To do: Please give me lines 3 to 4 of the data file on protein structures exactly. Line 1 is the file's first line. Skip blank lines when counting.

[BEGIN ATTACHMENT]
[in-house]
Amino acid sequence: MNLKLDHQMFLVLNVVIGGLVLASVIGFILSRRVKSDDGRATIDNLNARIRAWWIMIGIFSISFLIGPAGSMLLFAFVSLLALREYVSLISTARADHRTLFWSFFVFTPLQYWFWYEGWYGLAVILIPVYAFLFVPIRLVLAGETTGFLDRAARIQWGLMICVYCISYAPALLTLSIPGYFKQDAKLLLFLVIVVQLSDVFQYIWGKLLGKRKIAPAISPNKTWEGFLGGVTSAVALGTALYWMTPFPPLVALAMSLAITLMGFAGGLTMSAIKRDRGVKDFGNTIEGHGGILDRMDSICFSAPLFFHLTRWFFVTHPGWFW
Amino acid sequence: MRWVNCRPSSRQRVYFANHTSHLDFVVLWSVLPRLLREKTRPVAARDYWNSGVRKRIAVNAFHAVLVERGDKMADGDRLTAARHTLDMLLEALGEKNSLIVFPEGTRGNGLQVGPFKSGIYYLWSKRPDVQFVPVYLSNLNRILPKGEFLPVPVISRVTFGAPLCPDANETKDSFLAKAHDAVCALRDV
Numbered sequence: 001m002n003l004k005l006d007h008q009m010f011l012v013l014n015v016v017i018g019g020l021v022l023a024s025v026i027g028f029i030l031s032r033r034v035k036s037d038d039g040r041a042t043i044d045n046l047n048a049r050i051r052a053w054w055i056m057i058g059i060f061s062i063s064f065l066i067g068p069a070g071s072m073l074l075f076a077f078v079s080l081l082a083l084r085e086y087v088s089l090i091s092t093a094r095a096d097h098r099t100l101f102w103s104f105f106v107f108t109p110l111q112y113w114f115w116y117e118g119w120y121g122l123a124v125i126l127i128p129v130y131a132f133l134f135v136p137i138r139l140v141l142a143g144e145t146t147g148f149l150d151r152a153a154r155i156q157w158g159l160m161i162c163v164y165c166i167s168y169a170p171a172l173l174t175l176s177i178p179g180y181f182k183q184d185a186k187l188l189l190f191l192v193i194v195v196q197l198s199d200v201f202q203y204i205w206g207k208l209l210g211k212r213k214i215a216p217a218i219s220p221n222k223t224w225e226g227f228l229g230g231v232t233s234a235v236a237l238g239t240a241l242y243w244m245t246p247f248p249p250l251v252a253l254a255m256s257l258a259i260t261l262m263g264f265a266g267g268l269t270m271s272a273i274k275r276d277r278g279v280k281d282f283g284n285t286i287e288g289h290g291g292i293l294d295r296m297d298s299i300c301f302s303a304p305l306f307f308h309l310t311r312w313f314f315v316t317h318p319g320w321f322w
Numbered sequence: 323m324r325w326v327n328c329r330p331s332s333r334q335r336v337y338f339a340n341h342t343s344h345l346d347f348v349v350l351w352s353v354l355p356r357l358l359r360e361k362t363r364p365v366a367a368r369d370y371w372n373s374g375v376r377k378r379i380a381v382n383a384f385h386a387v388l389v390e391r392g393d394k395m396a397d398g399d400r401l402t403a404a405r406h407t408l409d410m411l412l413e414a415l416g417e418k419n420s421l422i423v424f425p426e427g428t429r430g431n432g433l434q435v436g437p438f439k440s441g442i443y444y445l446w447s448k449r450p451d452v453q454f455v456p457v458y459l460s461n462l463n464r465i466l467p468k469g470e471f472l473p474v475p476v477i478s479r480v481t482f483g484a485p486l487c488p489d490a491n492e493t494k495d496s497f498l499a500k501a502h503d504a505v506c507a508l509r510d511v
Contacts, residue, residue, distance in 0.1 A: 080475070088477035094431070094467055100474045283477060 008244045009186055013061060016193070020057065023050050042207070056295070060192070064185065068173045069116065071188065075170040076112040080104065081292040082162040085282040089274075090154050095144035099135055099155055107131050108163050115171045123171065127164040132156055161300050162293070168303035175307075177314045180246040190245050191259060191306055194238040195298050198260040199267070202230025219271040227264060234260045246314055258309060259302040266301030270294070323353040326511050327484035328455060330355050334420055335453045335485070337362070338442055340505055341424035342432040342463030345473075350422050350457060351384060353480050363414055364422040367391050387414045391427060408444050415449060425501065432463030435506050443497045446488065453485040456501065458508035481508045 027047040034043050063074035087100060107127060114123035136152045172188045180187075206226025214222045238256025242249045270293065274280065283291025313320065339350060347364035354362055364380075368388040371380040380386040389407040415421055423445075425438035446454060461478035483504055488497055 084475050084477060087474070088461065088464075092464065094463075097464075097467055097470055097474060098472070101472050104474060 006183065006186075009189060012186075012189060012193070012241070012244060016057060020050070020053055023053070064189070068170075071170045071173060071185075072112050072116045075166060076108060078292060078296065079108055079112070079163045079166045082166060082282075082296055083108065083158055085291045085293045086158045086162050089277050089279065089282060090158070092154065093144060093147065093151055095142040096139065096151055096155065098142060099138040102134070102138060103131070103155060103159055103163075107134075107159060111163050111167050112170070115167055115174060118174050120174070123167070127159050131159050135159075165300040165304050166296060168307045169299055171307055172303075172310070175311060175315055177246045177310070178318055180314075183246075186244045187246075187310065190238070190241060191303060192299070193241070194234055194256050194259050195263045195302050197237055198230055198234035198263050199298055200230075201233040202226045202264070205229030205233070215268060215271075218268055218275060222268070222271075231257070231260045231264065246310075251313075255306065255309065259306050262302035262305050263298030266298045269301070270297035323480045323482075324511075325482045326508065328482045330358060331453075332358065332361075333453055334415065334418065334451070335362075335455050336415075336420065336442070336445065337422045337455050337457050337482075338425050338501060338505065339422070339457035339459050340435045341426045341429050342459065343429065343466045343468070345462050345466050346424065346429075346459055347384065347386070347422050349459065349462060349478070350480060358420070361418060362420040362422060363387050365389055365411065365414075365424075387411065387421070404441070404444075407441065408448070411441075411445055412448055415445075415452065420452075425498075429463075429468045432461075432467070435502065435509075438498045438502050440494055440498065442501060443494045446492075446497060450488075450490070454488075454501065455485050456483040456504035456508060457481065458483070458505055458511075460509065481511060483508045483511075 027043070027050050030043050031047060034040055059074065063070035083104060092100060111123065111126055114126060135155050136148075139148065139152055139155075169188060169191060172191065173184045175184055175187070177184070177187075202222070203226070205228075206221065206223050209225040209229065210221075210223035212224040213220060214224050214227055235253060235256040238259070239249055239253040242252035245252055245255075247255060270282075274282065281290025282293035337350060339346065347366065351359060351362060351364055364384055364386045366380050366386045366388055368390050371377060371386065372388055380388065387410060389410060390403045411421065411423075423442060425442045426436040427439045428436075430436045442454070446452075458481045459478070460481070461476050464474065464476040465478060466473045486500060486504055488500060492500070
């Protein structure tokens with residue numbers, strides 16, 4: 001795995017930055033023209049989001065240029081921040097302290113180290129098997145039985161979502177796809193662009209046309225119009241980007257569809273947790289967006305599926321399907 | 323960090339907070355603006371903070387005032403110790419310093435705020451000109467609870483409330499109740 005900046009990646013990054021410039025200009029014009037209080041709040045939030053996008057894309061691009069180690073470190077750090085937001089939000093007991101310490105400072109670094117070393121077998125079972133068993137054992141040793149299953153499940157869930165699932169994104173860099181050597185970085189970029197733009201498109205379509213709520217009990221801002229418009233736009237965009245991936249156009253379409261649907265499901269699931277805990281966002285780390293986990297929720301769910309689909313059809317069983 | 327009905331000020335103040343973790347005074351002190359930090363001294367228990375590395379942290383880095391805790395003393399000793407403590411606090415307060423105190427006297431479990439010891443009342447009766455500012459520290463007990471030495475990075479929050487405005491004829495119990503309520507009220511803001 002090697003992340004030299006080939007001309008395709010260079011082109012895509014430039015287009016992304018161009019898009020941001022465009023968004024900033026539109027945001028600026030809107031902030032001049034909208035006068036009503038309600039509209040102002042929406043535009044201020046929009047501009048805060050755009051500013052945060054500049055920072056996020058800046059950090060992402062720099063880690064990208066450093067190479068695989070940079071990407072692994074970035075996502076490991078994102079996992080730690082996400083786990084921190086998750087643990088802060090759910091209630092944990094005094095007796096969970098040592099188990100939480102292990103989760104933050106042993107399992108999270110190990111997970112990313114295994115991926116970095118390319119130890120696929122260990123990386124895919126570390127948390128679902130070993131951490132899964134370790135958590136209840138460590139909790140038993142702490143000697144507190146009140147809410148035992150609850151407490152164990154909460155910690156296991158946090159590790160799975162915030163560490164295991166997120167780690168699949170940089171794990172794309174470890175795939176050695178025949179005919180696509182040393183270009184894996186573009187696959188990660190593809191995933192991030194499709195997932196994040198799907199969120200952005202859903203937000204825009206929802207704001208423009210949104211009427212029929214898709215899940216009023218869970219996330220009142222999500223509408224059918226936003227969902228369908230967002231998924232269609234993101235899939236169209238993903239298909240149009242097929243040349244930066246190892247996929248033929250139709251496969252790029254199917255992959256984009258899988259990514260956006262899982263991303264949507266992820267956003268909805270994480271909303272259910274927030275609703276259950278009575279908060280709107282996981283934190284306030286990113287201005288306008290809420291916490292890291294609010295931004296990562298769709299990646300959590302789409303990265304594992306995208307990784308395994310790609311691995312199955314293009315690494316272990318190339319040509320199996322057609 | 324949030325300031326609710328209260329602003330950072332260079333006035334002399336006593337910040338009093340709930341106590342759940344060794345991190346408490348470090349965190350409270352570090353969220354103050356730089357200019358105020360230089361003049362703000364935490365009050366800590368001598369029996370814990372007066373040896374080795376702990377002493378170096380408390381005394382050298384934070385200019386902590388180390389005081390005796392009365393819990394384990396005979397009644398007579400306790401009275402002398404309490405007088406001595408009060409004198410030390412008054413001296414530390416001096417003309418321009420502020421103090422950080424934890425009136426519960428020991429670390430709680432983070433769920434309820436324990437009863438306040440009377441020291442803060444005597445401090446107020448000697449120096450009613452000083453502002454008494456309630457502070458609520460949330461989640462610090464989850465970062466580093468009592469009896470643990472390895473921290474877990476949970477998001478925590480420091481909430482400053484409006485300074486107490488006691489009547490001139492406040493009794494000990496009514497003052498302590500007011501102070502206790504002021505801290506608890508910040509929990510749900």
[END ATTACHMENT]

Amino acid sequence: MRWVNCRPSSRQRVYFANHTSHLDFVVLWSVLPRLLREKTRPVAARDYWNSGVRKRIAVNAFHAVLVERGDKMADGDRLTAARHTLDMLLEALGEKNSLIVFPEGTRGNGLQVGPFKSGIYYLWSKRPDVQFVPVYLSNLNRILPKGEFLPVPVISRVTFGAPLCPDANETKDSFLAKAHDAVCALRDV
Numbered sequence: 001m002n003l004k005l006d007h008q009m010f011l012v013l014n015v016v017i018g019g020l021v022l023a024s025v026i027g028f029i030l031s032r033r034v035k036s037d038d039g040r041a042t043i044d045n046l047n048a049r050i051r052a053w054w055i056m057i058g059i060f061s062i063s064f065l066i067g068p069a070g071s072m073l074l075f076a077f078v079s080l081l082a083l084r085e086y087v088s089l090i091s092t093a094r095a096d097h098r099t100l101f102w103s104f105f106v107f108t109p110l111q112y113w114f115w116y117e118g119w120y121g122l123a124v125i126l127i128p129v130y131a132f133l134f135v136p137i138r139l140v141l142a143g144e145t146t147g148f149l150d151r152a153a154r155i156q157w158g159l160m161i162c163v164y165c166i167s168y169a170p171a172l173l174t175l176s177i178p179g180y181f182k183q184d185a186k187l188l189l190f191l192v193i194v195v196q197l198s199d200v201f202q203y204i205w206g207k208l209l210g211k212r213k214i215a216p217a218i219s220p221n222k223t224w225e226g227f228l229g230g231v232t233s234a235v236a237l238g239t240a241l242y243w244m245t246p247f248p249p250l251v252a253l254a255m256s257l258a259i260t261l262m263g264f265a266g267g268l269t270m271s272a273i274k275r276d277r278g279v280k281d282f283g284n285t286i287e288g289h290g291g292i293l294d295r296m297d298s299i300c301f302s303a304p305l306f307f308h309l310t311r312w313f314f315v316t317h318p319g320w321f322w